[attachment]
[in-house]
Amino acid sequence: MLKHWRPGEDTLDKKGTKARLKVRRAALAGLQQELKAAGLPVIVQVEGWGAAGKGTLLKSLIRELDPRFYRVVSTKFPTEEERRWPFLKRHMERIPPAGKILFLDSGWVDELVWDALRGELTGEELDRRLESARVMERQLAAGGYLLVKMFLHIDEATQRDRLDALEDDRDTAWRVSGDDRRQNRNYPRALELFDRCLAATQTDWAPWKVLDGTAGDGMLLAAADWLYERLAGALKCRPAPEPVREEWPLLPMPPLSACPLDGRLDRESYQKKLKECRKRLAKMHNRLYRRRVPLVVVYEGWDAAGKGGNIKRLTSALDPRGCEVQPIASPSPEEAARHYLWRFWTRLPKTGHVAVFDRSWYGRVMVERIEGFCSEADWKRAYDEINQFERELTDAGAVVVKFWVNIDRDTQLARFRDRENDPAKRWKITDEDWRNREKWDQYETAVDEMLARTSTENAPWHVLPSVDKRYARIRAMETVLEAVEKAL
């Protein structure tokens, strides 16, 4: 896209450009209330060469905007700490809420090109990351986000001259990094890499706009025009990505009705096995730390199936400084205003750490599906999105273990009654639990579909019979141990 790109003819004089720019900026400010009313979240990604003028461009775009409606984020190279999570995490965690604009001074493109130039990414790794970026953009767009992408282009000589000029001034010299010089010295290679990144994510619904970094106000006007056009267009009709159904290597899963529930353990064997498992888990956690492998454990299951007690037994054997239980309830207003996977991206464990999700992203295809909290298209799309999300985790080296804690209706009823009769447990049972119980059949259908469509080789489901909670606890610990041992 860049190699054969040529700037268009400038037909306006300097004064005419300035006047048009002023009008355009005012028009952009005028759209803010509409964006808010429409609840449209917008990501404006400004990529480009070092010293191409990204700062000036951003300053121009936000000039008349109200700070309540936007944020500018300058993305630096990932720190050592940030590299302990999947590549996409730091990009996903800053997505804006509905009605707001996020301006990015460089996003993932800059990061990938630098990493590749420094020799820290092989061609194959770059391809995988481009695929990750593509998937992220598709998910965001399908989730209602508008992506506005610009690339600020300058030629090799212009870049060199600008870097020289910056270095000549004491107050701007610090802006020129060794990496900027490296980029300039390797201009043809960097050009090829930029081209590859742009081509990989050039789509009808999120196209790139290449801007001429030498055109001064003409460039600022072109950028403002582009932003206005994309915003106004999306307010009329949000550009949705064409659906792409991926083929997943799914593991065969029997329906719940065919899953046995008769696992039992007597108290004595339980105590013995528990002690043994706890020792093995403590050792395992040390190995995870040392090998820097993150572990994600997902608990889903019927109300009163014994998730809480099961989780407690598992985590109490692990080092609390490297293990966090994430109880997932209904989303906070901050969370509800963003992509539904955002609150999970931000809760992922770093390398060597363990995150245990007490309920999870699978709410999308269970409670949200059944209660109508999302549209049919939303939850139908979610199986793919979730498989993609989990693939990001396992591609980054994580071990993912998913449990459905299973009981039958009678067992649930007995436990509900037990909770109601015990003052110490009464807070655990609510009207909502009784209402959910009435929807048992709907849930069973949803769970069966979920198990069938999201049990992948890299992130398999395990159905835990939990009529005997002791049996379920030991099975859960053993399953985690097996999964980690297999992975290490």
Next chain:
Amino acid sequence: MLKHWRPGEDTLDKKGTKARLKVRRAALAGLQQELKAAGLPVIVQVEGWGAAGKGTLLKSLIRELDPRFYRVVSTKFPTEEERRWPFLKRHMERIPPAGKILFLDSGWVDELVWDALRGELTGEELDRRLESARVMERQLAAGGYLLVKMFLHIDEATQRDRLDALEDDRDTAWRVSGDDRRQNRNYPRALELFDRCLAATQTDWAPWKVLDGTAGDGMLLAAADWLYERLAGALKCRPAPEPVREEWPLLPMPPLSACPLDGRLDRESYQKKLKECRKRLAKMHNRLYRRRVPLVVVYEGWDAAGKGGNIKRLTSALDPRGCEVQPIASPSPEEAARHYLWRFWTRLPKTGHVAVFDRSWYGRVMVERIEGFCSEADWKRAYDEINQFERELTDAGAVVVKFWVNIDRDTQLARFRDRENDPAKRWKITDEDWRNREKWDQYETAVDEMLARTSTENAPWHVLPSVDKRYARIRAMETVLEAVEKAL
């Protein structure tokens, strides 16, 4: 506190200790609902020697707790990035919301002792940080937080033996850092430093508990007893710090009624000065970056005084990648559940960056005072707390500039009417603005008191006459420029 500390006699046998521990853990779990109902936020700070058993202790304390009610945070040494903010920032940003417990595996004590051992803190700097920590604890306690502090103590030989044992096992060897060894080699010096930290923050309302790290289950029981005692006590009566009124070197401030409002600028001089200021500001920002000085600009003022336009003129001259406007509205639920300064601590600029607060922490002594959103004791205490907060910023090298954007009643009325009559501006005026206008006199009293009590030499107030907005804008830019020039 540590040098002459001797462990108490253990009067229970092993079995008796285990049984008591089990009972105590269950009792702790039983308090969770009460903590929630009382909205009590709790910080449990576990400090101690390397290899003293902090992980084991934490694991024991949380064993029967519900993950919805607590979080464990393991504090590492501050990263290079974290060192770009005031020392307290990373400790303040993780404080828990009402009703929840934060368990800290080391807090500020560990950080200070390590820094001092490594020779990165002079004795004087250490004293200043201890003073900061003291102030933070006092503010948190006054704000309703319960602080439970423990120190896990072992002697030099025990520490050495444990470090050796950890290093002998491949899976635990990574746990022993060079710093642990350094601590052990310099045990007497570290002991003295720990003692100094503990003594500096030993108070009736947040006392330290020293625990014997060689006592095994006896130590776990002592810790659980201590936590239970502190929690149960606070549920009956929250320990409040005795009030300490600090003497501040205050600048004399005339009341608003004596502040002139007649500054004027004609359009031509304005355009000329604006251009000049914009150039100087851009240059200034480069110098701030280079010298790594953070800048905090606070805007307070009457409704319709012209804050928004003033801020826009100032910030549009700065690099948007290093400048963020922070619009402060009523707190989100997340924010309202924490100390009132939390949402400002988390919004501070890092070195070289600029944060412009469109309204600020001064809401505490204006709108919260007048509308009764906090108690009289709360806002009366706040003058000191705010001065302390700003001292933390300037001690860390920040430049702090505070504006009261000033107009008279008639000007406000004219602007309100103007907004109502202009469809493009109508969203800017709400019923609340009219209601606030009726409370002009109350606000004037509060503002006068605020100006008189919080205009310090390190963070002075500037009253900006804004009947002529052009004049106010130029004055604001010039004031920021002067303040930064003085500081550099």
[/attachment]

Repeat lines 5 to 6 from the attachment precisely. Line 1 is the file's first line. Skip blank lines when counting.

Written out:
Amino acid sequence: MLKHWRPGEDTLDKKGTKARLKVRRAALAGLQQELKAAGLPVIVQVEGWGAAGKGTLLKSLIRELDPRFYRVVSTKFPTEEERRWPFLKRHMERIPPAGKILFLDSGWVDELVWDALRGELTGEELDRRLESARVMERQLAAGGYLLVKMFLHIDEATQRDRLDALEDDRDTAWRVSGDDRRQNRNYPRALELFDRCLAATQTDWAPWKVLDGTAGDGMLLAAADWLYERLAGALKCRPAPEPVREEWPLLPMPPLSACPLDGRLDRESYQKKLKECRKRLAKMHNRLYRRRVPLVVVYEGWDAAGKGGNIKRLTSALDPRGCEVQPIASPSPEEAARHYLWRFWTRLPKTGHVAVFDRSWYGRVMVERIEGFCSEADWKRAYDEINQFERELTDAGAVVVKFWVNIDRDTQLARFRDRENDPAKRWKITDEDWRNREKWDQYETAVDEMLARTSTENAPWHVLPSVDKRYARIRAMETVLEAVEKAL
């Protein structure tokens, strides 16, 4: 506190200790609902020697707790990035919301002792940080937080033996850092430093508990007893710090009624000065970056005084990648559940960056005072707390500039009417603005008191006459420029 500390006699046998521990853990779990109902936020700070058993202790304390009610945070040494903010920032940003417990595996004590051992803190700097920590604890306690502090103590030989044992096992060897060894080699010096930290923050309302790290289950029981005692006590009566009124070197401030409002600028001089200021500001920002000085600009003022336009003129001259406007509205639920300064601590600029607060922490002594959103004791205490907060910023090298954007009643009325009559501006005026206008006199009293009590030499107030907005804008830019020039 540590040098002459001797462990108490253990009067229970092993079995008796285990049984008591089990009972105590269950009792702790039983308090969770009460903590929630009382909205009590709790910080449990576990400090101690390397290899003293902090992980084991934490694991024991949380064993029967519900993950919805607590979080464990393991504090590492501050990263290079974290060192770009005031020392307290990373400790303040993780404080828990009402009703929840934060368990800290080391807090500020560990950080200070390590820094001092490594020779990165002079004795004087250490004293200043201890003073900061003291102030933070006092503010948190006054704000309703319960602080439970423990120190896990072992002697030099025990520490050495444990470090050796950890290093002998491949899976635990990574746990022993060079710093642990350094601590052990310099045990007497570290002991003295720990003692100094503990003594500096030993108070009736947040006392330290020293625990014997060689006592095994006896130590776990002592810790659980201590936590239970502190929690149960606070549920009956929250320990409040005795009030300490600090003497501040205050600048004399005339009341608003004596502040002139007649500054004027004609359009031509304005355009000329604006251009000049914009150039100087851009240059200034480069110098701030280079010298790594953070800048905090606070805007307070009457409704319709012209804050928004003033801020826009100032910030549009700065690099948007290093400048963020922070619009402060009523707190989100997340924010309202924490100390009132939390949402400002988390919004501070890092070195070289600029944060412009469109309204600020001064809401505490204006709108919260007048509308009764906090108690009289709360806002009366706040003058000191705010001065302390700003001292933390300037001690860390920040430049702090505070504006009261000033107009008279008639000007406000004219602007309100103007907004109502202009469809493009109508969203800017709400019923609340009219209601606030009726409370002009109350606000004037509060503002006068605020100006008189919080205009310090390190963070002075500037009253900006804004009947002529052009004049106010130029004055604001010039004031920021002067303040930064003085500081550099």